Regrettably it was because of the railroad's use of Mt. Tacoma that ultimately proved its undoing. The two largest cities in the region, each vying for dominance, were Tacoma and Seattle, the latter of which saw the use of Mt. Tacoma as an affront at best or a hijacking at worst. For Tacoma, who named itself for the peak that rises above their city, it was a much more relevant name than Rainier. An article of the time put it best when it wrote that “...these interesting tales [Native stories] emphasize the growing belief that the beautiful Indian names of its [Mount Rainier’s] rivers, valleys and chief point of interest should be preserved. For this reason ‘Tacoma’ is becoming universally recognized as a true name for the mountain, despite the fact that to within a few years most of the geographic and maps give it the name ‘Rainier,’ by which it was called by Vancouver, after an English naval officer, who never saw even the continent on which it rests. For centuries before Vancouver came the Indian tribes throughout the northwest called the mountain by one name varying slightly with different dialects, Tah-o-mah, Tah-co-bet or Tah-ko-mah. Theodore Winthrop heard these slightly varying names, which were by him blended into the cuphonic name, Tacoma” (Glories of Paradise Park, 1896).

The naming dispute eventually encompassed what was to become a new national park, first touted in 1894 as Washington National Park, not Mt. Rainier National Park. During the congressional meetings, Edmunds own words were used to promote the park idea, perhaps even more successfully than they had for the railroad. The best part reads that he’d “...been through the Swiss mountains and am compelled to own that there is no comparison between the finest effects exhibited there and what is seen in approaching this grand and isolated mountain. I would be willing to go 500 miles again to see that scene. The Continent is yet in ignorance of what will be one of the grandest show places, as well as sanitariums. If Switzerland is rightly called the play-ground of Europe, I am satisfied that around the base of Mt. Rainier [Tahoma] will become a prominent place of resort, not for America only, but for the world besides, with thousands of sites for building purposes that are nowhere excelled for the grandeur of the view that can be obtained from them, with topographical features that would make the most perfect system of drainage both possible and easy, and with a most agreeable and health-giving climate” (Congressional Record, 1894, p. 7878).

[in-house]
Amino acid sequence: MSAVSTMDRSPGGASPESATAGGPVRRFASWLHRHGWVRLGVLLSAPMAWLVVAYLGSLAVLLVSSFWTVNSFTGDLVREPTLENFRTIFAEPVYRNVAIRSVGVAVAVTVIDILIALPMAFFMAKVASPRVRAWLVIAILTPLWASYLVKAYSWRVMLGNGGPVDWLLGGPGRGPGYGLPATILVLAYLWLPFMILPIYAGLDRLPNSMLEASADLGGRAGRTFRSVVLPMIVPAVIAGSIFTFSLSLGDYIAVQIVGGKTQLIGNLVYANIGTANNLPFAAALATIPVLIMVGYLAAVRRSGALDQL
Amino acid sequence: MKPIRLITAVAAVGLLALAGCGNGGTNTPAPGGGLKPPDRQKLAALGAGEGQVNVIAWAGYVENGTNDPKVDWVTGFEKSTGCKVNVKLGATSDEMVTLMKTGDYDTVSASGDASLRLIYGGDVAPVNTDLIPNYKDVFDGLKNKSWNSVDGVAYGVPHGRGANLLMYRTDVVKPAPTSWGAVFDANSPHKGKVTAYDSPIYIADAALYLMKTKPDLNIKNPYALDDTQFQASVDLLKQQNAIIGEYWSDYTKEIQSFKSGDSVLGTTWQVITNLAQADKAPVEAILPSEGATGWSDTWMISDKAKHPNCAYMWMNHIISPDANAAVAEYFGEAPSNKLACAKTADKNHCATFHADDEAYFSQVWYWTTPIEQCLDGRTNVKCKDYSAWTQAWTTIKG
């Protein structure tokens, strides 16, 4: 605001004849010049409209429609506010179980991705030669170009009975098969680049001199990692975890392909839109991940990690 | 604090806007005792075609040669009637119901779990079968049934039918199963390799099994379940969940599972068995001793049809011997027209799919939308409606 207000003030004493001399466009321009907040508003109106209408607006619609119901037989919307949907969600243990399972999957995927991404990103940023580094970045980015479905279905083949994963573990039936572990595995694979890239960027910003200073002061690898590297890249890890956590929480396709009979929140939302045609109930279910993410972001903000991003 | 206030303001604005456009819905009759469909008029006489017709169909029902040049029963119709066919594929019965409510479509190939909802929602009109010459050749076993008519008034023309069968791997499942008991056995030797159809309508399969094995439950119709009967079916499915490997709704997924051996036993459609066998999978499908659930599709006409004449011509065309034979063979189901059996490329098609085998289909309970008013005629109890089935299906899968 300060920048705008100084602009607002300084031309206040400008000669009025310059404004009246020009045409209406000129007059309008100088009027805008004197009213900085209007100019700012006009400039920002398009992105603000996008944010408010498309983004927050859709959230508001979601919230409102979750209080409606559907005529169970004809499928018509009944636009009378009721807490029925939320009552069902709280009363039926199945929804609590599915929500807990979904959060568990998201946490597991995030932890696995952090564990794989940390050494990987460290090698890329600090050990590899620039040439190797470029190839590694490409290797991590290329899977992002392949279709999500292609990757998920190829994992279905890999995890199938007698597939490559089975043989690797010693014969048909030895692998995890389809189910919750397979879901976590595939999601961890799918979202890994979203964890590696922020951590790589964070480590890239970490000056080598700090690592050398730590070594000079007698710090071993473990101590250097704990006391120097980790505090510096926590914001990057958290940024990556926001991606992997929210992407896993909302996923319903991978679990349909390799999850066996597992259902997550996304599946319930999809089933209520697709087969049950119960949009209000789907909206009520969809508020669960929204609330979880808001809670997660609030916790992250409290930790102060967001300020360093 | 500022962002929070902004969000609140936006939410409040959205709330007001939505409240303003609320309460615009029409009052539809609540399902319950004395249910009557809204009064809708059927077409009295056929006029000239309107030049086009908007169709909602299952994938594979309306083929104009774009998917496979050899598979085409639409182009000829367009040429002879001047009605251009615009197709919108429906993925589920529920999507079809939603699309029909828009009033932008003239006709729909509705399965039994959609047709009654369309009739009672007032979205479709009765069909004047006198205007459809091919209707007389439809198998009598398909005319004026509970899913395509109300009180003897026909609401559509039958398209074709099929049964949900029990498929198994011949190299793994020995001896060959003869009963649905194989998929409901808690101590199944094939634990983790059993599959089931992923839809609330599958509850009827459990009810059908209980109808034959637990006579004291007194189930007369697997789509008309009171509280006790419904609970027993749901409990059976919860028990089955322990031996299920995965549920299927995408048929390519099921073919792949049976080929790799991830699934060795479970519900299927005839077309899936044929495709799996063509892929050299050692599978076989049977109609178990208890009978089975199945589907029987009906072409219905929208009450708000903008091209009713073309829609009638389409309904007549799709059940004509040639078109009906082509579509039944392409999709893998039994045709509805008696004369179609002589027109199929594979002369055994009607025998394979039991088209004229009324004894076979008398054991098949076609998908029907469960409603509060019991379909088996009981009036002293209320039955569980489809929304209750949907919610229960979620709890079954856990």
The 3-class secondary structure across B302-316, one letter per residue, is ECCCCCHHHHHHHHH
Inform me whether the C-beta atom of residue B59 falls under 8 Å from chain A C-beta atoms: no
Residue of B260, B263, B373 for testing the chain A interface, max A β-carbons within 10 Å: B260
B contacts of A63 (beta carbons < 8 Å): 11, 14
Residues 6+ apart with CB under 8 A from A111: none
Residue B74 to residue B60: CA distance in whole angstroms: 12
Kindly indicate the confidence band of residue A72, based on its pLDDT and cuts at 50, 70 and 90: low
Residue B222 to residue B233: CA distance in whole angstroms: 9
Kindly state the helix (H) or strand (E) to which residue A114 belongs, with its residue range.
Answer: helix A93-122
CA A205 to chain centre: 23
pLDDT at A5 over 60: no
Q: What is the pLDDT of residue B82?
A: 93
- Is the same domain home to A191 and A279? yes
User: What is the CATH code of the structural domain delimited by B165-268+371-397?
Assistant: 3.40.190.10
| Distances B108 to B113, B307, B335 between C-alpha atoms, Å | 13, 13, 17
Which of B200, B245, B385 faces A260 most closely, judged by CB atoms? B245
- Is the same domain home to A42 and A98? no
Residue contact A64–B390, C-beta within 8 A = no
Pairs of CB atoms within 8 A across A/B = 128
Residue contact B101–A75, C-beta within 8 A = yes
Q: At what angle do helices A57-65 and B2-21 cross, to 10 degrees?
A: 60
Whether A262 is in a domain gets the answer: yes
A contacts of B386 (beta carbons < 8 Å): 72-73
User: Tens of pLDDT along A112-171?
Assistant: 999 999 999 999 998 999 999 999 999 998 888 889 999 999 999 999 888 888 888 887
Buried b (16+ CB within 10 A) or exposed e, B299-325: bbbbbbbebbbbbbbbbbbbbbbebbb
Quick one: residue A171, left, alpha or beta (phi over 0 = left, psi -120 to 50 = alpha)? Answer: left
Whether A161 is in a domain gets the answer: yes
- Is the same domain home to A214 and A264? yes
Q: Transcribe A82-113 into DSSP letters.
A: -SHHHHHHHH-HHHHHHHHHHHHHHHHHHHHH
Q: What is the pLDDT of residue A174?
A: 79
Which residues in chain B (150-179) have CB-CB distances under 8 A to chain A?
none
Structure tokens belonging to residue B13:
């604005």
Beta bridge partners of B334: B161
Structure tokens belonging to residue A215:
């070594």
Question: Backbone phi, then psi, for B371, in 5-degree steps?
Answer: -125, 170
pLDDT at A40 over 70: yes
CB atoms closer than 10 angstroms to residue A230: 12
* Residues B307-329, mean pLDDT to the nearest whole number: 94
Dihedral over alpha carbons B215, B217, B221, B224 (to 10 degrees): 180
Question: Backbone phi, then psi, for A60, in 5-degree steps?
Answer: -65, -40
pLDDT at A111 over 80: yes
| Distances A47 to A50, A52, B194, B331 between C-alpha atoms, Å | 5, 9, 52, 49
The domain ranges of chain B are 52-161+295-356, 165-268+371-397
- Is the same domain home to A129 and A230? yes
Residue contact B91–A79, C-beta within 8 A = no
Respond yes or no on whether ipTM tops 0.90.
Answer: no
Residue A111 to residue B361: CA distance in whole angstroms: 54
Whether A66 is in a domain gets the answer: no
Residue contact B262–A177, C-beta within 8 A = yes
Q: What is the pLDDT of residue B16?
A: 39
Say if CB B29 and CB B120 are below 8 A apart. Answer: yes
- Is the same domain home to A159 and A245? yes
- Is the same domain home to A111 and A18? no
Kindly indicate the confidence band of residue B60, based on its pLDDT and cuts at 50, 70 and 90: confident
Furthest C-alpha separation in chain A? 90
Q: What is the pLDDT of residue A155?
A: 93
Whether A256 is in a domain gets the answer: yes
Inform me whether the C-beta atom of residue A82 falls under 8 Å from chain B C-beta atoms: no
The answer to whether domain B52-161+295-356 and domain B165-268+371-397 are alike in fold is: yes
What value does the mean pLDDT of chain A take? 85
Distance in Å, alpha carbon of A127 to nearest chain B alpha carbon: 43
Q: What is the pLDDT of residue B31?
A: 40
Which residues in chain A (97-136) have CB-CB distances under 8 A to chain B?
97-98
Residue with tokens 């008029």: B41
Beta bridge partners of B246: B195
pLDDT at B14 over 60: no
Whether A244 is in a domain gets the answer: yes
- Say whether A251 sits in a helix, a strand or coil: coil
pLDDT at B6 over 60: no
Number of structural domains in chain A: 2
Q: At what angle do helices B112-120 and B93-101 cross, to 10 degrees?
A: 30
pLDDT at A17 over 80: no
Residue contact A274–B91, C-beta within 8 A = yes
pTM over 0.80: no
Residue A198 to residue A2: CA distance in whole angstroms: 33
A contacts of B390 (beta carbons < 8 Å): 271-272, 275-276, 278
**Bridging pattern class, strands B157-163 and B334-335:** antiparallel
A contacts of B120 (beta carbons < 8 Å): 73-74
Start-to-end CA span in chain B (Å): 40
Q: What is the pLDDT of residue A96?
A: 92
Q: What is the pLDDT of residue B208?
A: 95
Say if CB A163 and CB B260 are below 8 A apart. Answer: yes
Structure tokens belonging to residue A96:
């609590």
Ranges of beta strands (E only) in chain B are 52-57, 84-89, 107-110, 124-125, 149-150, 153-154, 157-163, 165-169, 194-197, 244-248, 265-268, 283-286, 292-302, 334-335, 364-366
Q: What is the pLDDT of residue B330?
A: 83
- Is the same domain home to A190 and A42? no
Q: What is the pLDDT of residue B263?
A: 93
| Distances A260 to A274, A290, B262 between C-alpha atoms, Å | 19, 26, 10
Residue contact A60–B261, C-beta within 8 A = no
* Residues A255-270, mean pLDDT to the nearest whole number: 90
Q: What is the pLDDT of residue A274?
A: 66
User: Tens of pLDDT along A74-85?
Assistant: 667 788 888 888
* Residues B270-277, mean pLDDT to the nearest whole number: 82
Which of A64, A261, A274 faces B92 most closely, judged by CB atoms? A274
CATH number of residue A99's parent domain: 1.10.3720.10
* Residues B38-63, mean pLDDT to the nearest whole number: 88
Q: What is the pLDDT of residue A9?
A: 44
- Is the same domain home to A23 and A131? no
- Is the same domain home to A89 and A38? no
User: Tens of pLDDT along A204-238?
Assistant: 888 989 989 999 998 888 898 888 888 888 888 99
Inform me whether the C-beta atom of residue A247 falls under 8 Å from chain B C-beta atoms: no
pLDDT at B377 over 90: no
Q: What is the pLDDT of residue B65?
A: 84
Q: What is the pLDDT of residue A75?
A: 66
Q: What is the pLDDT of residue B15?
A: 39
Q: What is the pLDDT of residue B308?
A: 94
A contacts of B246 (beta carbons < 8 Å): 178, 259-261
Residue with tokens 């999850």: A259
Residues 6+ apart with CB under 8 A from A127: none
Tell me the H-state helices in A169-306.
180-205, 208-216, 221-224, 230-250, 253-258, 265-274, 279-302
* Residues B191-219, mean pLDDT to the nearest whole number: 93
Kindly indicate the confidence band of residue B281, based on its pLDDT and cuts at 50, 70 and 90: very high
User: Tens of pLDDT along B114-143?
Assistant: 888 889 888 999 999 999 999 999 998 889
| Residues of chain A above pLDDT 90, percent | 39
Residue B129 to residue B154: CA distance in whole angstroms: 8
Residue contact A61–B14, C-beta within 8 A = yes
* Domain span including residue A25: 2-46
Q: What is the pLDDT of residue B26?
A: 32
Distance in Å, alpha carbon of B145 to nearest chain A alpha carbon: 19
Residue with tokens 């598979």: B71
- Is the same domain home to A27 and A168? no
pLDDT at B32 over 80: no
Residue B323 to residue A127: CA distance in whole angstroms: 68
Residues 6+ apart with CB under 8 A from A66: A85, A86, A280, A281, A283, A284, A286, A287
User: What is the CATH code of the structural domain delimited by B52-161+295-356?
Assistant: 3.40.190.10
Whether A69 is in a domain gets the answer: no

While the park didn’t gain approval in 1894, the momentum wasn’t lost. On March 2, 1899, the bill was signed into law, yet it wasn’t to be known as Washington National Park, but as Mt. Rainier National Park. While Iowan Senator, John F. Lacey (1841–1913) managed to slide in that last second change, there’s some sense of western justice because the bill's signer, President William McKinley (1843–1901), would later have his namesake, Mt. McKinley, changed back to its native name, Denali, by President Barack Obama in 2015! The story didn’t end there. Incoming president, Donald J. Trump offered to reverse his predecessor's decision. When Alaskan’s found out, according to the Anchorage Daily News, “We [Alaska citizens] said no!” (Trump Offered to Change…, 2017).

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RodF, hikerbiker, Nancyann
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timberghost
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PostWed Nov 17, 2021 5:58 am 
Thanks for posting

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tommytownsend
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PostTue Nov 23, 2021 8:35 pm 
Great stuff Jason, you are quickly surpassing Scurlock as the king of mountain porn. Regarding your question about Crowder and Tabor, Marc (aka Cascade traverser) was in contact with Rowland Tabor until a few years ago. A quick google search suggests he is still alive, Marc can give you contact info.

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Jason Hummel
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PostThu Nov 25, 2021 4:17 pm 
Excellent. That's great news! BTW, I haven't heard from Cascade Traverser yet. If you know his email, can you drop a note to him. My email is jasonhummelphotography[AT]gmail[DOT]com

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timberghost
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PostMon Nov 29, 2021 5:49 am 
Nice Write up